Government is not thought of as innovative, but when it comes to getting ahold of your hard-earned money, officials can start getting very creative. So creative in fact, that they come up with fantastical policy ideas more fitting for a futuristic dystopia than enactment by state lawmakers.

Connecticut is the latest state to consider such an idea in real-time sales tax collection.

Real-time sales tax collection demands businesses collect sales taxes and remit them to government as transactions happen. This policy is completely divorced from reality, as the way merchants and financial institutions currently process payments does not allow for the instant, detailed calculations real time sales tax collection demands.

Here are a few key reasons why real-time sales tax collection is a really bad policy:

Real-time sales tax collection is a fantasy.

The capability and technology to separate sales tax and remit it directly to government does not exist. Payment processors only get the most basic information needed to approve a sale.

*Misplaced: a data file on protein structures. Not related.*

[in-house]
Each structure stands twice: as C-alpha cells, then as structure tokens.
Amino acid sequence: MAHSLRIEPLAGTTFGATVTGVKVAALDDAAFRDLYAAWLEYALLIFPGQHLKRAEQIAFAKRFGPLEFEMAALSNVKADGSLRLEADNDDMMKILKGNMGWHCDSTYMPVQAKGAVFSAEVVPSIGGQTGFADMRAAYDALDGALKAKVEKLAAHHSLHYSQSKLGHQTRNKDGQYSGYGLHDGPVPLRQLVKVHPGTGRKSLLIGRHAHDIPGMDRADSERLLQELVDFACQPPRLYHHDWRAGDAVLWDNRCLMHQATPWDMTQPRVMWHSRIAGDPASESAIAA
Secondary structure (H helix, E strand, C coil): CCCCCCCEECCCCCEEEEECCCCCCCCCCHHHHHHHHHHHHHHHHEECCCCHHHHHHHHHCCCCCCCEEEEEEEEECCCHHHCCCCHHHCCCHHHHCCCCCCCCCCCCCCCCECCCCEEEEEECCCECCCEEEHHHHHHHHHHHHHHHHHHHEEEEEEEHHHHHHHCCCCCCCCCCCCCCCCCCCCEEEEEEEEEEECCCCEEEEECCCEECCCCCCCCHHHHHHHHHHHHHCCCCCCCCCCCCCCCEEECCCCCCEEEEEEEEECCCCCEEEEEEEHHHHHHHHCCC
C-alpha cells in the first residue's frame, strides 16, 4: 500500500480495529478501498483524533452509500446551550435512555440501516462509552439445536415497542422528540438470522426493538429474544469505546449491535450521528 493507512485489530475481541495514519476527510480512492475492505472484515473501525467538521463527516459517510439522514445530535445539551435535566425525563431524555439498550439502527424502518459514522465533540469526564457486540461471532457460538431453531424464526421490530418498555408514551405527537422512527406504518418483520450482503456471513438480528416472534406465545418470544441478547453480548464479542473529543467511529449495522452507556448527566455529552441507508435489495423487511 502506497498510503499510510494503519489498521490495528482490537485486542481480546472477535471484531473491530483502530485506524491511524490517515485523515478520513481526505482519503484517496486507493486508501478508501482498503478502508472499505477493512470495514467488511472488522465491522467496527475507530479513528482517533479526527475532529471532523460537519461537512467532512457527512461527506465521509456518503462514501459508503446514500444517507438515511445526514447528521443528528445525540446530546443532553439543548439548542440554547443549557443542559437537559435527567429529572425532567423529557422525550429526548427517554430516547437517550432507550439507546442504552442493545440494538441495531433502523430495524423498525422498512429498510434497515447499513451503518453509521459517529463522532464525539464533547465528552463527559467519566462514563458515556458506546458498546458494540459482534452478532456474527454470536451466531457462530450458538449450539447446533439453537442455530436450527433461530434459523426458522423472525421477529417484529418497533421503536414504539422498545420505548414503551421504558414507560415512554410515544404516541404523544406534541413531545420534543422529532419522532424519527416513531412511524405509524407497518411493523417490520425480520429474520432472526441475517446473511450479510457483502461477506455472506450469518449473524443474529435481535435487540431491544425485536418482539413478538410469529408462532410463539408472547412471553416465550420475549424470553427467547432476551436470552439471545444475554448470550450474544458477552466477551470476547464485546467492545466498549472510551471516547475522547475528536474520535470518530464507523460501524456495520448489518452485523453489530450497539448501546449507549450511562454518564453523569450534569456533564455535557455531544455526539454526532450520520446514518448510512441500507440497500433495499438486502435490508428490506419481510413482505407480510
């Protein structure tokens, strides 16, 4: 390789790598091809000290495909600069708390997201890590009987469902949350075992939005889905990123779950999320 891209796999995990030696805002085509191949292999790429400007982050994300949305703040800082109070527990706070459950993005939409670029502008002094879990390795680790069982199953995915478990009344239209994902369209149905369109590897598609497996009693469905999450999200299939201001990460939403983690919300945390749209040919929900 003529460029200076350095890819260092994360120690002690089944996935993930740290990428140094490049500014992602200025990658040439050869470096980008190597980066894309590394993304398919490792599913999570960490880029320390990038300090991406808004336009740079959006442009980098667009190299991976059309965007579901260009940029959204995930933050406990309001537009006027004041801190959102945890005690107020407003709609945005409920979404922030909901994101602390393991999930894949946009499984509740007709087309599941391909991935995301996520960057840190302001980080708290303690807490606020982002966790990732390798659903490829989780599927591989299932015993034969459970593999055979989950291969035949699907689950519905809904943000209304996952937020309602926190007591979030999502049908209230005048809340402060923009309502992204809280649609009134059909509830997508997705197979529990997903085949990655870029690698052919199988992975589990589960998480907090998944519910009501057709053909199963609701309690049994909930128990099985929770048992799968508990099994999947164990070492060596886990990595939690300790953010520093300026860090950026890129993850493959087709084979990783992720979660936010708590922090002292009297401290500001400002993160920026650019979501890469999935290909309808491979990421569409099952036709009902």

Real-time sales tax collection would impose massive costs.

Demanding real-time sales tax collection means sellers, payment processors, and credit card companies all have to agree upon and create new technology at a massive cost. A study of the impact of such a proposal in Massachusetts estimated costs to be north of $1 billion. That burden would be passed on to consumers. 

Real-time sales tax collection has been rejected multiple times.

Arizona, Missouri, and Massachusetts have examined the concept and given it up. Even a National Conference of State Legislators task force did not recommend it.

Real-time sales tax collection would slow transactions, raise security questions.

There is a web of security measures in place to protect information transmitted in sales transactions, overseen by multiple government agencies. Remitting sales taxes would require more information that would require more security – not to mention waiting for all this to process would be a pain for customers.

The bottom line: this is a misguided policy that will create a tax compliance mess and hurt local businesses and job-creators who are already paying their taxes and complying with the law.

On top of all the negatives, governments would not end up with much additional revenue, if any. Better to leave real-time sales tax in the realm of taxpayers’ futuristic nightmares, and bureaucrats’ wildest dreams.